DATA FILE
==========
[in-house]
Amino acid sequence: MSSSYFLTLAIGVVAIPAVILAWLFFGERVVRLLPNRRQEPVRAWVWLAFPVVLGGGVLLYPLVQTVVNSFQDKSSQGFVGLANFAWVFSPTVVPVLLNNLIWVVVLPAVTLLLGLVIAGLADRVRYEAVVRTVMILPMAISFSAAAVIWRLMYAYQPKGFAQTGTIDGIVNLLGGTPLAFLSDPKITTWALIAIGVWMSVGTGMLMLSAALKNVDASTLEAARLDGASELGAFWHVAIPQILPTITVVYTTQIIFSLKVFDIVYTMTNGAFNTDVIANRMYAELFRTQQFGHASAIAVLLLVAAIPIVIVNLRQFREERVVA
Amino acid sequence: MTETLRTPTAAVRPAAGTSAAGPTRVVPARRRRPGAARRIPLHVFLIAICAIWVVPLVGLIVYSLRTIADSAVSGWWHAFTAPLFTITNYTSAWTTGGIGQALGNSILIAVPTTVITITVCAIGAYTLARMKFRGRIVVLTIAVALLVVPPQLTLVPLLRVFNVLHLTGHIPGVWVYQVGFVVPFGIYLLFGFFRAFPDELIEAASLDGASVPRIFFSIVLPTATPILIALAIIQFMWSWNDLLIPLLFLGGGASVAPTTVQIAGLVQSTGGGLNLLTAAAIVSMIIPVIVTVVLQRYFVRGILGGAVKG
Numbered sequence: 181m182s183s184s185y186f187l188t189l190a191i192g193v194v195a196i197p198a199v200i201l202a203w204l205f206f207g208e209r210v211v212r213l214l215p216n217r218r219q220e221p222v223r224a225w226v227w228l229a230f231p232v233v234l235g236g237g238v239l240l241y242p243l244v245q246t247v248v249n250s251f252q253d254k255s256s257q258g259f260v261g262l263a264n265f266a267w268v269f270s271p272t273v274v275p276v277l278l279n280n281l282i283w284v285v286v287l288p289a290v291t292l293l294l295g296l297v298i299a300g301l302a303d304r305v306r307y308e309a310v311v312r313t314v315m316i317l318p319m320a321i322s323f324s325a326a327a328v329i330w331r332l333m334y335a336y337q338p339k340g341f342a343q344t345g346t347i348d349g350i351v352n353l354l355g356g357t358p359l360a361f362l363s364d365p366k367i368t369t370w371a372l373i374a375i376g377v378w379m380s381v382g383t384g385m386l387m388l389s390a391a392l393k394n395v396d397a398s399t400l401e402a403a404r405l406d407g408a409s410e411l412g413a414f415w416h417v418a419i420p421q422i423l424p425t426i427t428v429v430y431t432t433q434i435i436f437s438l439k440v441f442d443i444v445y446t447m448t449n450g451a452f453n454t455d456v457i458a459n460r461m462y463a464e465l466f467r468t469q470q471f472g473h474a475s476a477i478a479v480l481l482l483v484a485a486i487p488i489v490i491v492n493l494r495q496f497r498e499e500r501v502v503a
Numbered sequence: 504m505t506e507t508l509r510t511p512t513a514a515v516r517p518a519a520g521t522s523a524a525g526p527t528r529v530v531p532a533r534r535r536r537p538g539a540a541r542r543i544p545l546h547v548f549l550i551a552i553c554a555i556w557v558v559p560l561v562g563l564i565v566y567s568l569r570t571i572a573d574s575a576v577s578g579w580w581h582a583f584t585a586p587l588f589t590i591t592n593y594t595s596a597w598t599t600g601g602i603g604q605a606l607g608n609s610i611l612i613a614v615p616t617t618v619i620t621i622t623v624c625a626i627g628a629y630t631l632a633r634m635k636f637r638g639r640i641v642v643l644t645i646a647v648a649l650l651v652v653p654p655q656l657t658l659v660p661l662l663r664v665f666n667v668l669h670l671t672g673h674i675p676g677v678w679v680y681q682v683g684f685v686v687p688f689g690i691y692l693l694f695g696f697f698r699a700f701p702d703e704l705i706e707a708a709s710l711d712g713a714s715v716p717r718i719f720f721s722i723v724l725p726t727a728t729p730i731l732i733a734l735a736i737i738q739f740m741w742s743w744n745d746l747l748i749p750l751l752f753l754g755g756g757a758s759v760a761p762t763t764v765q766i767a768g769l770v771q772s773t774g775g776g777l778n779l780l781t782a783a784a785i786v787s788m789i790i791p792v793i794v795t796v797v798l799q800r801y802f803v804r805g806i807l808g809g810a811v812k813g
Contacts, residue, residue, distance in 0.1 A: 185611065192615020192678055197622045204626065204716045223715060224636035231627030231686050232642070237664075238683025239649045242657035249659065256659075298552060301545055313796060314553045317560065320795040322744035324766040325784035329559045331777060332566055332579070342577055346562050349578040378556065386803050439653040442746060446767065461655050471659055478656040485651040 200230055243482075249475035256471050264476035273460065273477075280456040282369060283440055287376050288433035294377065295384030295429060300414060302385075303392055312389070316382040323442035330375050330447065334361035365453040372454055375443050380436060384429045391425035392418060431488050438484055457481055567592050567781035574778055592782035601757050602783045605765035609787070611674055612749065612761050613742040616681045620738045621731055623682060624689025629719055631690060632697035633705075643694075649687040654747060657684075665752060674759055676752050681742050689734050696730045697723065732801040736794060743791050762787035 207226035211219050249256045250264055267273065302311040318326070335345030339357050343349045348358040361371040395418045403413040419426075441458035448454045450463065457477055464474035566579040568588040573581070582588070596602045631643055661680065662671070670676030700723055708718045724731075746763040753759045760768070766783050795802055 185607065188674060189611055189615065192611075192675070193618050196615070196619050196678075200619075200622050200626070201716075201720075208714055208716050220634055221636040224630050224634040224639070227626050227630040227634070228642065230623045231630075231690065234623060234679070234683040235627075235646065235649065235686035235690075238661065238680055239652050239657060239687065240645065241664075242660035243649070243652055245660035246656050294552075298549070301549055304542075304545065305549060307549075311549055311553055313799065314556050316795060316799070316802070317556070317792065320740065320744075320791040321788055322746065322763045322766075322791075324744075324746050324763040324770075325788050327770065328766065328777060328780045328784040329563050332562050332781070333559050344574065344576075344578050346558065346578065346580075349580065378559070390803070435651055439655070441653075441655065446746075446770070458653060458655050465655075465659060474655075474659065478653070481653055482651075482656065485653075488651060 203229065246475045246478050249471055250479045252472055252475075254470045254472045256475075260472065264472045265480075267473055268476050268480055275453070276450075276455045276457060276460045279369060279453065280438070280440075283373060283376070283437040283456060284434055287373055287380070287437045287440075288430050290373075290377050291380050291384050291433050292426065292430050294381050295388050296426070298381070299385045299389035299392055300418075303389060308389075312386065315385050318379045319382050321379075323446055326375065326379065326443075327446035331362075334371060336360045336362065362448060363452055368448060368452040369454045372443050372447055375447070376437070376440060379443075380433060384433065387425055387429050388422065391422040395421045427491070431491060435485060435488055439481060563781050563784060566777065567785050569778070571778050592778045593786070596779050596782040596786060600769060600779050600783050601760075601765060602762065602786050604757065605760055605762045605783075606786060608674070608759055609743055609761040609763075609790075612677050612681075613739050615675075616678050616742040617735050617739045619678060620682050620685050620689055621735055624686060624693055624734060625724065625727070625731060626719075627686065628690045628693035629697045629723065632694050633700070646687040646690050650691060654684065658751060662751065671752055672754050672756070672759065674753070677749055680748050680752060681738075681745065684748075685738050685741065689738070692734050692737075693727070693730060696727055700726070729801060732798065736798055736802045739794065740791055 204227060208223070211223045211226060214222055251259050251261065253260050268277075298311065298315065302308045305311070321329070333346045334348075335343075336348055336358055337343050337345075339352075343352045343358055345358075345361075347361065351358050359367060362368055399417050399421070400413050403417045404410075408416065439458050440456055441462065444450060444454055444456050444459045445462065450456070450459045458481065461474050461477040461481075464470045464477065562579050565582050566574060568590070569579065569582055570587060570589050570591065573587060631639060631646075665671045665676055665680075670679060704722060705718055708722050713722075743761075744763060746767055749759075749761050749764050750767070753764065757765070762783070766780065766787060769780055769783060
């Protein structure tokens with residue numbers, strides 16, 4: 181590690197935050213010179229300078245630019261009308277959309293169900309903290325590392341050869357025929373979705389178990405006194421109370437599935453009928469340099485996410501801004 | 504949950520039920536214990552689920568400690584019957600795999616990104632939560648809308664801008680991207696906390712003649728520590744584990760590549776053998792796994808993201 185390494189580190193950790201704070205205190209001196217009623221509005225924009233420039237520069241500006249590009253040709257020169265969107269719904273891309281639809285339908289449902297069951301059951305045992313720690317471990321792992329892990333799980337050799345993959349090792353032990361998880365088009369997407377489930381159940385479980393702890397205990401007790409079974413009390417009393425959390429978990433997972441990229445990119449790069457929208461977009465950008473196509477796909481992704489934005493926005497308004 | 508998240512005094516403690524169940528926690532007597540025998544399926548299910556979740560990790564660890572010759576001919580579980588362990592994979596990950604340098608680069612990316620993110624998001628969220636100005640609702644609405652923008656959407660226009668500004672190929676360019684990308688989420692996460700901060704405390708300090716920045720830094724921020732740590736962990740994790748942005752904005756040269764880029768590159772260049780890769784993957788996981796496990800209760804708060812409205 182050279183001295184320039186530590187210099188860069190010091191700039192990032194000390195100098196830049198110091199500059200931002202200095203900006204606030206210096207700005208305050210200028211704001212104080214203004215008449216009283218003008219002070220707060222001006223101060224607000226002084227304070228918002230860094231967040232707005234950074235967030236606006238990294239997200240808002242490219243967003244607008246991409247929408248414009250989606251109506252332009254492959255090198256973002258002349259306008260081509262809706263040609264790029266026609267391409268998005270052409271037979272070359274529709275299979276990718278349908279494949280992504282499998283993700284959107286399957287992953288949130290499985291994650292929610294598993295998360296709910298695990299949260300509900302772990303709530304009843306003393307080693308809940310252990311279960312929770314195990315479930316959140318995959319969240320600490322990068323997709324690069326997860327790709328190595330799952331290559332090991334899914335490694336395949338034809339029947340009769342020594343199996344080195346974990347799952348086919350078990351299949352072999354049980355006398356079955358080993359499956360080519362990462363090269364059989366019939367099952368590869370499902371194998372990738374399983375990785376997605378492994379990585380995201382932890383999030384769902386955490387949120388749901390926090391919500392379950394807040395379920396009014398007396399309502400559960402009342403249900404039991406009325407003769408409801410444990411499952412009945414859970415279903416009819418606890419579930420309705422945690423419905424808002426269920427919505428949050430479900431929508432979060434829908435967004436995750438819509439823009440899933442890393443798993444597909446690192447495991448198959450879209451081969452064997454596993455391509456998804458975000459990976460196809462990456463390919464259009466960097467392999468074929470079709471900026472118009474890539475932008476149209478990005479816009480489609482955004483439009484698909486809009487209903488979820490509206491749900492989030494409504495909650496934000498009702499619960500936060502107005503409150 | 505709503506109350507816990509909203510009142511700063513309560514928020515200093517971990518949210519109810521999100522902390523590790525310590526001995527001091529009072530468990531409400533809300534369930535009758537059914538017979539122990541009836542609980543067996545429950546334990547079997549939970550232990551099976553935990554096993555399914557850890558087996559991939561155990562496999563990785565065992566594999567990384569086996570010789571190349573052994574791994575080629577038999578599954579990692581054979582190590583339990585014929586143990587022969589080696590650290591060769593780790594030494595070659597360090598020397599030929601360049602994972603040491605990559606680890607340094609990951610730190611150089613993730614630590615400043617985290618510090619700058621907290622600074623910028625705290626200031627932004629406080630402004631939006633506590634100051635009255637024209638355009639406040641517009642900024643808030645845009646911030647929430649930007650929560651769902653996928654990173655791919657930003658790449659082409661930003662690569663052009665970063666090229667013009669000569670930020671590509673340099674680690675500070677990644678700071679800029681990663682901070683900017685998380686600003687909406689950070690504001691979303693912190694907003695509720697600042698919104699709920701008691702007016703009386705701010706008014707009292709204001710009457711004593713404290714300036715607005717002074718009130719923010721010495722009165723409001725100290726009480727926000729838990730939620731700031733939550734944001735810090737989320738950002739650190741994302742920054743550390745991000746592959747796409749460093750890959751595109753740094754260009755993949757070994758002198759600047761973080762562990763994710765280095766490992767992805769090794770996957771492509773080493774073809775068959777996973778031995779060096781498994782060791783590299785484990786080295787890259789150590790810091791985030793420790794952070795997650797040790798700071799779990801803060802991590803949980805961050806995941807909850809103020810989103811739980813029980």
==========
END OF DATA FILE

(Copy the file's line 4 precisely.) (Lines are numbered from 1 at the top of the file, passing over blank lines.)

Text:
Numbered sequence: 181m182s183s184s185y186f187l188t189l190a191i192g193v194v195a196i197p198a199v200i201l202a203w204l205f206f207g208e209r210v211v212r213l214l215p216n217r218r219q220e221p222v223r224a225w226v227w228l229a230f231p232v233v234l235g236g237g238v239l240l241y242p243l244v245q246t247v248v249n250s251f252q253d254k255s256s257q258g259f260v261g262l263a264n265f266a267w268v269f270s271p272t273v274v275p276v277l278l279n280n281l282i283w284v285v286v287l288p289a290v291t292l293l294l295g296l297v298i299a300g301l302a303d304r305v306r307y308e309a310v311v312r313t314v315m316i317l318p319m320a321i322s323f324s325a326a327a328v329i330w331r332l333m334y335a336y337q338p339k340g341f342a343q344t345g346t347i348d349g350i351v352n353l354l355g356g357t358p359l360a361f362l363s364d365p366k367i368t369t370w371a372l373i374a375i376g377v378w379m380s381v382g383t384g385m386l387m388l389s390a391a392l393k394n395v396d397a398s399t400l401e402a403a404r405l406d407g408a409s410e411l412g413a414f415w416h417v418a419i420p421q422i423l424p425t426i427t428v429v430y431t432t433q434i435i436f437s438l439k440v441f442d443i444v445y446t447m448t449n450g451a452f453n454t455d456v457i458a459n460r461m462y463a464e465l466f467r468t469q470q471f472g473h474a475s476a477i478a479v480l481l482l483v484a485a486i487p488i489v490i491v492n493l494r495q496f497r498e499e500r501v502v503a